As indicated above, such devices are particularly helpful, but the problem of inducing the patient, who is frequently groggy from anesthetic and may be uncomfortable from the surgery itself, to actually use the device effectively without continual supervision is a difficult one. It is often necessary for medical personnel to visit the patient for initial instruction on how to use the spirometer, then return to be sure that it has been used, and then return again to supply nebulized medication for inhalation, commonly in the form of a decongestant or bronchial dilator. It may also be necessary to supply the patients with breathing oxygen. These various forms of attention add to the cost of postoperative care, unduly tire the patient and occupy medical personnel who are commonly needed elsewhere.
Accordingly, an object of the present invention is to provide an incentive spirometer which induces the patient to use the spirometer more effectively by allowing for a measured inhalation of exhaled carbon dioxide.
A further object is to provide an apparatus which can be employed to supply the patient with oxygen, medication or both while the spirometer is being employed without the necessity to remove the breathing tube from the mouth or face mask after each inhalation.
A still further object of the invention is to provide such an apparatus which is convenient and simple to use.
Briefly described, the invention includes a lung exercise apparatus comprising the combination of spirometer means for providing a measured amount of flow resistance to air drawn therethrough in one direction and for substantially preventing air flow therethrough in the opposite direction, the spirometer means having an air inlet and an outlet. Means defining an elongated, flexible first hose is connected at one end to the spirometer outlet and to a mouthpiece at the other end for forming a passage through which the patient can inhale through the spirometer means. A nebulizer having an inlet and an outlet is attached to the passage adjacent the mouthpiece. An elongated, flexible second hose is provided within the first hose, the second hose having a diameter somewhat smaller than the first hose. One end of the second hose is attached near the spirometer outlet through a wall of the first hose to a source of oxygen, the other end of the second hose being connected to aspirate medication from the nebulizer. A unidirectional valve is connected in the passage for allowing gas to flow only out of the first hose. The valve is preferably somewhat closer to the spirometer than to the mouthpiece so that the length of the hose forms a substantial volume for containing gas exhaled by the patient for rebreathing.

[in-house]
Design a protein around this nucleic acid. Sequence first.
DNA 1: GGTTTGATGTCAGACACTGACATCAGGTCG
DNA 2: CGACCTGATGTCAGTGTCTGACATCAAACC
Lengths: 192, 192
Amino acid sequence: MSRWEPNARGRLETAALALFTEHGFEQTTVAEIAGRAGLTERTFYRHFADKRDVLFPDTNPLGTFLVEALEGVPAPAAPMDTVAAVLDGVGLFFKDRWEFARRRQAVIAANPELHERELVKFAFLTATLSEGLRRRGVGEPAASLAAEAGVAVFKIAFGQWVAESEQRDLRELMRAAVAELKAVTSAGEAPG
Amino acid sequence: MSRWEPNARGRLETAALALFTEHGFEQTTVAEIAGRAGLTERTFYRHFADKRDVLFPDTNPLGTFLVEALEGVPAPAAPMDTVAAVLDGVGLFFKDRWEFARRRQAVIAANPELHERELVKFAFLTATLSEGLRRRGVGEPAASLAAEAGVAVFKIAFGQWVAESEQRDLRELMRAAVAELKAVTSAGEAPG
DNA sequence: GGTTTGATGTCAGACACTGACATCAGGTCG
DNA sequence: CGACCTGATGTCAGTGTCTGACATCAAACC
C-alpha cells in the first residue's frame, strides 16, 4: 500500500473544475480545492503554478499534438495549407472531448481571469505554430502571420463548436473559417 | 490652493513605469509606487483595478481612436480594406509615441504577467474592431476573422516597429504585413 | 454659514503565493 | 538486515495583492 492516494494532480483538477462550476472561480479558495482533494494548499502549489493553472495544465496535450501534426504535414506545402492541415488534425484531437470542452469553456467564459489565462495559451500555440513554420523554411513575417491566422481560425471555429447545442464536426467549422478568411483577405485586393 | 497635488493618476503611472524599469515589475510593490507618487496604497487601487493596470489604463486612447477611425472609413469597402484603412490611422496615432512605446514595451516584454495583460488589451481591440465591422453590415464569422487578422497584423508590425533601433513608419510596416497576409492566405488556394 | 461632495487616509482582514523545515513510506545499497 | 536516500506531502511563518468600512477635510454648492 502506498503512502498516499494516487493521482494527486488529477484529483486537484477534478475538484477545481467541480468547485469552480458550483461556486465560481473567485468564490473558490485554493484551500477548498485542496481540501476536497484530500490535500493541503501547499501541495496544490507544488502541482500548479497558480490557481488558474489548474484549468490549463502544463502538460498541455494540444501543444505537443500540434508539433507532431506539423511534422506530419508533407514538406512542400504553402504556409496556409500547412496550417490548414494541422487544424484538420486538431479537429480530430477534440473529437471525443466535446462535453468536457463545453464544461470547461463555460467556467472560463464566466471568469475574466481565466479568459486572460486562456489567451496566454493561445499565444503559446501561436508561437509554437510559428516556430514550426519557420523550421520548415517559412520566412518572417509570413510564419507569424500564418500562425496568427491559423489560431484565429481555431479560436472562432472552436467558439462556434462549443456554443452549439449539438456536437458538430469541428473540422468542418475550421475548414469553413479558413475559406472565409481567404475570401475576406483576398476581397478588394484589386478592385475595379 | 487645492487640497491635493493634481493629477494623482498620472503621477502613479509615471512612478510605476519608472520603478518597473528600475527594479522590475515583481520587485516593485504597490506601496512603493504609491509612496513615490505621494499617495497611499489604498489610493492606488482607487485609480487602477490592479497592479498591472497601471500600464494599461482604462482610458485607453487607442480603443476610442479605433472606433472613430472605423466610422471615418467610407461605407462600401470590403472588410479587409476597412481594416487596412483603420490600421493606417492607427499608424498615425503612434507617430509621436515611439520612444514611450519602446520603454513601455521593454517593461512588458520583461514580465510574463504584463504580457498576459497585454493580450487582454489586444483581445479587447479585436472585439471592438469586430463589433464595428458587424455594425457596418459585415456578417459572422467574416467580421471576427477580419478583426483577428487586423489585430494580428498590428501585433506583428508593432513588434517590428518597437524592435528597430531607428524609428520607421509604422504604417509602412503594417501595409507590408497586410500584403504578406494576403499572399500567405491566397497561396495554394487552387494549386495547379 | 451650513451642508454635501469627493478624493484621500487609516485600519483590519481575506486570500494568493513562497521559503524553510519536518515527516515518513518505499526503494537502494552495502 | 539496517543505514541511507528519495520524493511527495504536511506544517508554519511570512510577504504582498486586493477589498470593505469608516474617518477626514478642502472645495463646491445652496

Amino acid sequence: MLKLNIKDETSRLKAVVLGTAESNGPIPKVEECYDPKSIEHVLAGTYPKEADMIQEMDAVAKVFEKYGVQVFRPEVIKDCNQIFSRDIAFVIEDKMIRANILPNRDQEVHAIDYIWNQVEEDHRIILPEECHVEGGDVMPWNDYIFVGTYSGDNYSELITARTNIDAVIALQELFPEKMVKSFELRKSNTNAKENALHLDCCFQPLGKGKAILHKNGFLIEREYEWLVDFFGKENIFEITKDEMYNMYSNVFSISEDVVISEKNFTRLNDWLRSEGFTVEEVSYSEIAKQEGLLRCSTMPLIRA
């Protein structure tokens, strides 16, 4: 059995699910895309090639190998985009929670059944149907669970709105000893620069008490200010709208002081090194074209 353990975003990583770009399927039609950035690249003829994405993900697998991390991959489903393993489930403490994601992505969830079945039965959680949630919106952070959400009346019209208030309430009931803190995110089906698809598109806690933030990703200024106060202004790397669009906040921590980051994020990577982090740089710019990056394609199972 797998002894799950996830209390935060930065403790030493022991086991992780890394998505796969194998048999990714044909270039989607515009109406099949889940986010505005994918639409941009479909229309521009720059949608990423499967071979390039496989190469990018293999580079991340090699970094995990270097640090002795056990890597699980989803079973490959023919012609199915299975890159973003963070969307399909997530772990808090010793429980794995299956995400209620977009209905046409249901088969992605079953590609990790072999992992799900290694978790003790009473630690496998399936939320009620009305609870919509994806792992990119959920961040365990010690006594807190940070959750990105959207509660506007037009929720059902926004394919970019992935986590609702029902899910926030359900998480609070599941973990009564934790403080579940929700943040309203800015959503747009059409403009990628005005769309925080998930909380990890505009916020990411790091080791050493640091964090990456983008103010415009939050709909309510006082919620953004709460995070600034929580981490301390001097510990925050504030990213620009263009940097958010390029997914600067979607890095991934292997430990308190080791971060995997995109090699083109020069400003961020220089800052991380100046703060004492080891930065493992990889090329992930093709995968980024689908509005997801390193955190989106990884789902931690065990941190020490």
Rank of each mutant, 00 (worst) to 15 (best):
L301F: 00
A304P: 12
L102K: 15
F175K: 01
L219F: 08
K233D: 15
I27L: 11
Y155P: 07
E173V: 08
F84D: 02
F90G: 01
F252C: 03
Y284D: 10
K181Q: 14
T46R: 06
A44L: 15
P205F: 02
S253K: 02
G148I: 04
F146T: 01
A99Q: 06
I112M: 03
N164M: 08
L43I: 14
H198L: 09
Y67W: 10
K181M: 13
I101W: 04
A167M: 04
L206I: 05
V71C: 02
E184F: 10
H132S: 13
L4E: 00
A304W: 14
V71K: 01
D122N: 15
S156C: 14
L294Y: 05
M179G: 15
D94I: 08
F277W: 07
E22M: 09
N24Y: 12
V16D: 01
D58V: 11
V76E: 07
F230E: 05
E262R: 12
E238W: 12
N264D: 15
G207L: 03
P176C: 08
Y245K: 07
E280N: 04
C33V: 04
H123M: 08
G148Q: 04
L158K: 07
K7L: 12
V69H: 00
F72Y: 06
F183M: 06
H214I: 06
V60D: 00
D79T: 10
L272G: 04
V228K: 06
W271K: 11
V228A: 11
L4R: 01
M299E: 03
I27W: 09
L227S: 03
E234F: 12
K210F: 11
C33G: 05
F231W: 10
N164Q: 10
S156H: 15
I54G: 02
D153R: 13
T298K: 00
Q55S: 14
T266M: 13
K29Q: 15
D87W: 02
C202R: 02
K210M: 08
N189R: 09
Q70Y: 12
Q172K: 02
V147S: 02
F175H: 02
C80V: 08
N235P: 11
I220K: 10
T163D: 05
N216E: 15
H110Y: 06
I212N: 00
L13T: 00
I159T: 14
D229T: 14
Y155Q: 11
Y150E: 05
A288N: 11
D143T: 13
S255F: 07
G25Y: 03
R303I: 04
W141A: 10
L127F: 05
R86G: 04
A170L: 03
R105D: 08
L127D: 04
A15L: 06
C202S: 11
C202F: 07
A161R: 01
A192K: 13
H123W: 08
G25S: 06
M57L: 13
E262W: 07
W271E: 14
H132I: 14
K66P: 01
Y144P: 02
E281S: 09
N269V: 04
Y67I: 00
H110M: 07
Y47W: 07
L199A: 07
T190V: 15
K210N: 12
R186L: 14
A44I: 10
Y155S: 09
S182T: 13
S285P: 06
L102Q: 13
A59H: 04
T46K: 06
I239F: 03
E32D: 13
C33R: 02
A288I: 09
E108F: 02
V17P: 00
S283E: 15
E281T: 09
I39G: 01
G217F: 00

In order to impart full understanding of the manner in which these and other objects are attained in accordance with the invention, particularly advantageous embodiments thereof will be described with reference to the accompanying drawings, which form a part of this specification and wherein: